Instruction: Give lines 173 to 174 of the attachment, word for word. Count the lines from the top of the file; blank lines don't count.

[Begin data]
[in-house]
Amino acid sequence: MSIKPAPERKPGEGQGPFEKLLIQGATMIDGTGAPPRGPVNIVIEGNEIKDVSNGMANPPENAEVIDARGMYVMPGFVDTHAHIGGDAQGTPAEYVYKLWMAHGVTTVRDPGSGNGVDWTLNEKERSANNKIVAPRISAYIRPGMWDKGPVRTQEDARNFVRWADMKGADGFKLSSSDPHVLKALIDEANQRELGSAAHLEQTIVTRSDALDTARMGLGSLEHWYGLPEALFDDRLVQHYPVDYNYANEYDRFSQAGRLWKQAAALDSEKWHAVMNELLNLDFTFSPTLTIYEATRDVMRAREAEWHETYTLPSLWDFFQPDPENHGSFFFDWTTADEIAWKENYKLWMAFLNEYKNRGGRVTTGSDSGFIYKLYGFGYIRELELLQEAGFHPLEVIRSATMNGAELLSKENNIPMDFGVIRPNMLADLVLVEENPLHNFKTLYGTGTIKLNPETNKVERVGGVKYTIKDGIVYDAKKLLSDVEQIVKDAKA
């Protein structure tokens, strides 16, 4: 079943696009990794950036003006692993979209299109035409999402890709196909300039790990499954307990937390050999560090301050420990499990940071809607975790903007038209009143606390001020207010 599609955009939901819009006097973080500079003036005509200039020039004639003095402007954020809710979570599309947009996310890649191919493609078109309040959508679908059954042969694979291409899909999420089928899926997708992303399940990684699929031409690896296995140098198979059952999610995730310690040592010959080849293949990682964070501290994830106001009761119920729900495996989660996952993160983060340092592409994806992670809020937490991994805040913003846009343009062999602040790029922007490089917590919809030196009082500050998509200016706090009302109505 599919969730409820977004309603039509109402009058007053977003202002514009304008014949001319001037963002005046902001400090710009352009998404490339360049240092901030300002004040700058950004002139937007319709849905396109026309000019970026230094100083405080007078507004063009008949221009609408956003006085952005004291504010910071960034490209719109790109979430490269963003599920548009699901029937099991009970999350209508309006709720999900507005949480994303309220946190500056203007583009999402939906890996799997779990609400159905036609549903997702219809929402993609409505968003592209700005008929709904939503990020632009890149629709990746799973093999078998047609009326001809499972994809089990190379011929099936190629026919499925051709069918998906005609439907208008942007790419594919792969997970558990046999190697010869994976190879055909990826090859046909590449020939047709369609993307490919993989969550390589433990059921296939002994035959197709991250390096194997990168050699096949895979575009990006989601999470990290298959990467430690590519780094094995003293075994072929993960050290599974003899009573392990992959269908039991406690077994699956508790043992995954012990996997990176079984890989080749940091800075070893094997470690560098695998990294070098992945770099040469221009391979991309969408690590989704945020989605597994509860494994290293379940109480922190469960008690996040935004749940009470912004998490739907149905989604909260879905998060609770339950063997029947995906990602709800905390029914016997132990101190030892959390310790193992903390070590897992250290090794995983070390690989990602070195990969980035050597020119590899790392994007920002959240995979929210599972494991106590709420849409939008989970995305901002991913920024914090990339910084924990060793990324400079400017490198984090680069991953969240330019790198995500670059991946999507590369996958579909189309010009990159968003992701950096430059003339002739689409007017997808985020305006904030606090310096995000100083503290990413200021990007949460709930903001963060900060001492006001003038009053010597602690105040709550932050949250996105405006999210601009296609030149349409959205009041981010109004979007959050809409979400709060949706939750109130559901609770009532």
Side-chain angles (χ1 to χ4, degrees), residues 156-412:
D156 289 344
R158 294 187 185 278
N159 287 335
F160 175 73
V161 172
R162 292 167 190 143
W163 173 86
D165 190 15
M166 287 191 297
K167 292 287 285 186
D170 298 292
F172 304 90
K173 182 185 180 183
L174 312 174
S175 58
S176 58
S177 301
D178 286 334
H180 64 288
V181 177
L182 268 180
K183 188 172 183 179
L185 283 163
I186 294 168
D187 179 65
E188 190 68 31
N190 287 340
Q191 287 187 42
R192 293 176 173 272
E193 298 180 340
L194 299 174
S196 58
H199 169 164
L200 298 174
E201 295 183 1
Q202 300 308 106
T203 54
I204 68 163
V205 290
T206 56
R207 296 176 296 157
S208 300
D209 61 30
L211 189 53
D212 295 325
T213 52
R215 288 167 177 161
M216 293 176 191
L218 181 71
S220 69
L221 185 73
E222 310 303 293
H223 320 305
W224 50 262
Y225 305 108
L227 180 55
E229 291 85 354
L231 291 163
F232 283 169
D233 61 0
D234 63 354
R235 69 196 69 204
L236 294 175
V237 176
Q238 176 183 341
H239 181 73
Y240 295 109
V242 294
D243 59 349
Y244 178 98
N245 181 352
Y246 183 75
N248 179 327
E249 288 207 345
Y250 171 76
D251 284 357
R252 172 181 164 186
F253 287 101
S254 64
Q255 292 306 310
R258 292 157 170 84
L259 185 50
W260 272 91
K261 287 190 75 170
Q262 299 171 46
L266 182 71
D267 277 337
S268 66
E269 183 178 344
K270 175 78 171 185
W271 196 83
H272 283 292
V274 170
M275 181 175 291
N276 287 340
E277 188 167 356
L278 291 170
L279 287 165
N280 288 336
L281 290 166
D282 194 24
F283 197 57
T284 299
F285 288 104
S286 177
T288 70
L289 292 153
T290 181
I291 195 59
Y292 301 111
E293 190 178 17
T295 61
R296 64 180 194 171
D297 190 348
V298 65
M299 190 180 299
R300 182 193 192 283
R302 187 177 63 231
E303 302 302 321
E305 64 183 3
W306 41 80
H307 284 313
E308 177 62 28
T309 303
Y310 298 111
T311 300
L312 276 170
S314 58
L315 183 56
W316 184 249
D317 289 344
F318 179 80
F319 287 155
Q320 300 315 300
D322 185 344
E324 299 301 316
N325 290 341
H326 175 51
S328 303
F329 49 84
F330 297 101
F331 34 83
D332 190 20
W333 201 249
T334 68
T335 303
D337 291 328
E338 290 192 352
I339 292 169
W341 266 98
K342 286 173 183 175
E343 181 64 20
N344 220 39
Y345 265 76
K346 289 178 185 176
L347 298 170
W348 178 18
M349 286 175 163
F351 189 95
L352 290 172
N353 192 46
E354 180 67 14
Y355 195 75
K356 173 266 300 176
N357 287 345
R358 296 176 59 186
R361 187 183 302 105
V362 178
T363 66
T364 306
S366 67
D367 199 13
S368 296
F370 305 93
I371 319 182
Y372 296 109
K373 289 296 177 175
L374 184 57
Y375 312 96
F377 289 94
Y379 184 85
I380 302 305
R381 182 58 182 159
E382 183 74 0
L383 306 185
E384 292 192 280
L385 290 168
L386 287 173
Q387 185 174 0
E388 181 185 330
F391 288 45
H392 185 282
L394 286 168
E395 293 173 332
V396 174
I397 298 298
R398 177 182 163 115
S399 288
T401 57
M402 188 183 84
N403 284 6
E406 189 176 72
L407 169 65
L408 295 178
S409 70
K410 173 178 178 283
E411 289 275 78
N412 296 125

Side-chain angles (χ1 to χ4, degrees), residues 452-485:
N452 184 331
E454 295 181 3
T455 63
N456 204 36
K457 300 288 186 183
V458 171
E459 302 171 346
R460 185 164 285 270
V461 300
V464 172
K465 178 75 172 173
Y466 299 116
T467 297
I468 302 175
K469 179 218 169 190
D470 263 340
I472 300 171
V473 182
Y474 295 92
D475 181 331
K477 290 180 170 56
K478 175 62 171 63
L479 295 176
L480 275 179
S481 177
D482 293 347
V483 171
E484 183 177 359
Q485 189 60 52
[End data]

T363 66
T364 306